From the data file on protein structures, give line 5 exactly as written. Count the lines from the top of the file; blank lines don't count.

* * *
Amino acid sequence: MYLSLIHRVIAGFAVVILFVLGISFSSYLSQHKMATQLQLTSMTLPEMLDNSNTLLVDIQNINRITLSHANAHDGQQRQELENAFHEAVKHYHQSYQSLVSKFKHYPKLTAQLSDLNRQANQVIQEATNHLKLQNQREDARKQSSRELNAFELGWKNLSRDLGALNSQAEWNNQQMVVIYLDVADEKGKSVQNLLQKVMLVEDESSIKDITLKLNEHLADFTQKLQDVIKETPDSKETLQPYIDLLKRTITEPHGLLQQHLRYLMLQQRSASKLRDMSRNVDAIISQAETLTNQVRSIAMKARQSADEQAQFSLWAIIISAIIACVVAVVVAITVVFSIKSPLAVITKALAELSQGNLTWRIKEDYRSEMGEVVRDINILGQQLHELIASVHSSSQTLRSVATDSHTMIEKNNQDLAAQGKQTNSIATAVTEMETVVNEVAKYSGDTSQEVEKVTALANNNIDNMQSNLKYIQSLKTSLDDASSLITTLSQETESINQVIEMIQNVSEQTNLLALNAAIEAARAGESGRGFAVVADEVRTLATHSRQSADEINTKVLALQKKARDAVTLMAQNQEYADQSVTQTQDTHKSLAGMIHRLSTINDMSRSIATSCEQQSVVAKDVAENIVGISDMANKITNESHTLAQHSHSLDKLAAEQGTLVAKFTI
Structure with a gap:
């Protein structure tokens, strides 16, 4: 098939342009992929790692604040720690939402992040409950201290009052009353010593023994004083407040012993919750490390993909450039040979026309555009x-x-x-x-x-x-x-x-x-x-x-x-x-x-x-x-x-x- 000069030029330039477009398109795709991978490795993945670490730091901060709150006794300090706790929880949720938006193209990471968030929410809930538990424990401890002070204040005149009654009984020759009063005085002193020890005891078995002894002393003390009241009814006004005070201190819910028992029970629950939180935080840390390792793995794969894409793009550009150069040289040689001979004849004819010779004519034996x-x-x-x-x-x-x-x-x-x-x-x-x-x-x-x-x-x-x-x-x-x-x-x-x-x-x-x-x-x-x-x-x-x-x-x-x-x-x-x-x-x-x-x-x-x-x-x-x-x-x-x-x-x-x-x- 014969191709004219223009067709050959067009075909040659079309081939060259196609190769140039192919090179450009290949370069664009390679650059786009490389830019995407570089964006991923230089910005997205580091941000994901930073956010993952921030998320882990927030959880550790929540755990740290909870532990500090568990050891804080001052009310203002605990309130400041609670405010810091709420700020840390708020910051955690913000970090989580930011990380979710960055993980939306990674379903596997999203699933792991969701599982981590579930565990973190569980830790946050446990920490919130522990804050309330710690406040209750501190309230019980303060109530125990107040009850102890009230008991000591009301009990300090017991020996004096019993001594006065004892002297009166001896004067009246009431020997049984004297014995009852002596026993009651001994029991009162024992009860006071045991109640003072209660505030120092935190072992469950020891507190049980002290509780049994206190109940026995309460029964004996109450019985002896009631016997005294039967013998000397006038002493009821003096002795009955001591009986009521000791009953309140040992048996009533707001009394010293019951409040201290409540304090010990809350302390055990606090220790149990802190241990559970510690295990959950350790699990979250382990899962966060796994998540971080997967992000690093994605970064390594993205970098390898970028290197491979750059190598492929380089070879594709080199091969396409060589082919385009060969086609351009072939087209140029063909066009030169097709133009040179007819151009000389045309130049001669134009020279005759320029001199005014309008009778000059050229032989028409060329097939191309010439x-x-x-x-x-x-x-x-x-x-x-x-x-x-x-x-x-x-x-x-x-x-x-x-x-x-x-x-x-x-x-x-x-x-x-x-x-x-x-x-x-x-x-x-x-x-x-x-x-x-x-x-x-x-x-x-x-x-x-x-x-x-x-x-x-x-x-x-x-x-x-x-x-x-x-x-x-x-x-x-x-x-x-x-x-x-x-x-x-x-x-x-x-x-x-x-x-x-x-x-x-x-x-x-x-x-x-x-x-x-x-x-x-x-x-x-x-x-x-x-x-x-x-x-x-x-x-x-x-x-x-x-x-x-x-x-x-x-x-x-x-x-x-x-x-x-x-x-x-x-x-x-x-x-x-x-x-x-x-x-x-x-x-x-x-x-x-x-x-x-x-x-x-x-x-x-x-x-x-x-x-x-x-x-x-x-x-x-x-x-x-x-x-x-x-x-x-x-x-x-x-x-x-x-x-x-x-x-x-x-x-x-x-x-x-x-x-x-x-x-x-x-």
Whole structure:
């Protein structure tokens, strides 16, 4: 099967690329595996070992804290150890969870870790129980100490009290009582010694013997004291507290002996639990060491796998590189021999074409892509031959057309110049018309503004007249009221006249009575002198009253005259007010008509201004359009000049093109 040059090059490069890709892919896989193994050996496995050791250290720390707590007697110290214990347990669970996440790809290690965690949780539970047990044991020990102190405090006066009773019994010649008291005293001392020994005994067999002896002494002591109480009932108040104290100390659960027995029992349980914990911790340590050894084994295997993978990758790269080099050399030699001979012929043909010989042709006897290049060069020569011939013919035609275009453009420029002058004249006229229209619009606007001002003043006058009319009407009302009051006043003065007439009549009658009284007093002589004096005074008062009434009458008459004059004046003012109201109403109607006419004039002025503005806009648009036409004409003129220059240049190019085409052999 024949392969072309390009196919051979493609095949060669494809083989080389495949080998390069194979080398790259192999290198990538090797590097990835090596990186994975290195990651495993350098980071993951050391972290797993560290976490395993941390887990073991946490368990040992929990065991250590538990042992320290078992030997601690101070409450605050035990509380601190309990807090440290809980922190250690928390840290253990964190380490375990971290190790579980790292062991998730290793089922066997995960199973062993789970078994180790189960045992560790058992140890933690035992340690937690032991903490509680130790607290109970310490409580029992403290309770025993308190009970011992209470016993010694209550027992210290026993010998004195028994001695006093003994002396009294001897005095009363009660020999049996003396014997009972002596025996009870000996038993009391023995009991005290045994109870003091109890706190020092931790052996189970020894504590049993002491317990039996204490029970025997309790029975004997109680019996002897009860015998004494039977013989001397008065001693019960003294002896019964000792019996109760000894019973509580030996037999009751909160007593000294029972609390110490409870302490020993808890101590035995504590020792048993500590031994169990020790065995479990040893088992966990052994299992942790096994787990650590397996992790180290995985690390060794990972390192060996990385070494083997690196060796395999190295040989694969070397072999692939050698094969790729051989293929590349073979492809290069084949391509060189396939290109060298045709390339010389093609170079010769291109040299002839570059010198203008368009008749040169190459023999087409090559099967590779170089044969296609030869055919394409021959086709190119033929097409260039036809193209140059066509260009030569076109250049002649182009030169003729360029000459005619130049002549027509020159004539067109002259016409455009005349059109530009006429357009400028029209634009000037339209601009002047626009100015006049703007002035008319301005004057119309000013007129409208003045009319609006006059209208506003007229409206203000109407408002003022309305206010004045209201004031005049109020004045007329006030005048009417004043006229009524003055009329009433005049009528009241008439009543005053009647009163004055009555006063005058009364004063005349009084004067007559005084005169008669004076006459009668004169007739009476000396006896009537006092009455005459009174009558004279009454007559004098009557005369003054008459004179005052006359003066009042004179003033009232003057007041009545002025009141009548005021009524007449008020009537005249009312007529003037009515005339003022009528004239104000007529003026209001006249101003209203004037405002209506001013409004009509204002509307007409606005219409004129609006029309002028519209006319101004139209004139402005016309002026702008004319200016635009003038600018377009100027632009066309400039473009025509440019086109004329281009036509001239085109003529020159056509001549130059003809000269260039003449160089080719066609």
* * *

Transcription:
């Protein structure tokens, strides 16, 4: 099967690329595996070992804290150890969870870790129980100490009290009582010694013997004291507290002996639990060491796998590189021999074409892509031959057309110049018309503004007249009221006249009575002198009253005259007010008509201004359009000049093109 040059090059490069890709892919896989193994050996496995050791250290720390707590007697110290214990347990669970996440790809290690965690949780539970047990044991020990102190405090006066009773019994010649008291005293001392020994005994067999002896002494002591109480009932108040104290100390659960027995029992349980914990911790340590050894084994295997993978990758790269080099050399030699001979012929043909010989042709006897290049060069020569011939013919035609275009453009420029002058004249006229229209619009606007001002003043006058009319009407009302009051006043003065007439009549009658009284007093002589004096005074008062009434009458008459004059004046003012109201109403109607006419004039002025503005806009648009036409004409003129220059240049190019085409052999 024949392969072309390009196919051979493609095949060669494809083989080389495949080998390069194979080398790259192999290198990538090797590097990835090596990186994975290195990651495993350098980071993951050391972290797993560290976490395993941390887990073991946490368990040992929990065991250590538990042992320290078992030997601690101070409450605050035990509380601190309990807090440290809980922190250690928390840290253990964190380490375990971290190790579980790292062991998730290793089922066997995960199973062993789970078994180790189960045992560790058992140890933690035992340690937690032991903490509680130790607290109970310490409580029992403290309770025993308190009970011992209470016993010694209550027992210290026993010998004195028994001695006093003994002396009294001897005095009363009660020999049996003396014997009972002596025996009870000996038993009391023995009991005290045994109870003091109890706190020092931790052996189970020894504590049993002491317990039996204490029970025997309790029975004997109680019996002897009860015998004494039977013989001397008065001693019960003294002896019964000792019996109760000894019973509580030996037999009751909160007593000294029972609390110490409870302490020993808890101590035995504590020792048993500590031994169990020790065995479990040893088992966990052994299992942790096994787990650590397996992790180290995985690390060794990972390192060996990385070494083997690196060796395999190295040989694969070397072999692939050698094969790729051989293929590349073979492809290069084949391509060189396939290109060298045709390339010389093609170079010769291109040299002839570059010198203008368009008749040169190459023999087409090559099967590779170089044969296609030869055919394409021959086709190119033929097409260039036809193209140059066509260009030569076109250049002649182009030169003729360029000459005619130049002549027509020159004539067109002259016409455009005349059109530009006429357009400028029209634009000037339209601009002047626009100015006049703007002035008319301005004057119309000013007129409208003045009319609006006059209208506003007229409206203000109407408002003022309305206010004045209201004031005049109020004045007329006030005048009417004043006229009524003055009329009433005049009528009241008439009543005053009647009163004055009555006063005058009364004063005349009084004067007559005084005169008669004076006459009668004169007739009476000396006896009537006092009455005459009174009558004279009454007559004098009557005369003054008459004179005052006359003066009042004179003033009232003057007041009545002025009141009548005021009524007449008020009537005249009312007529003037009515005339003022009528004239104000007529003026209001006249101003209203004037405002209506001013409004009509204002509307007409606005219409004129609006029309002028519209006319101004139209004139402005016309002026702008004319200016635009003038600018377009100027632009066309400039473009025509440019086109004329281009036509001239085109003529020159056509001549130059003809000269260039003449160089080719066609």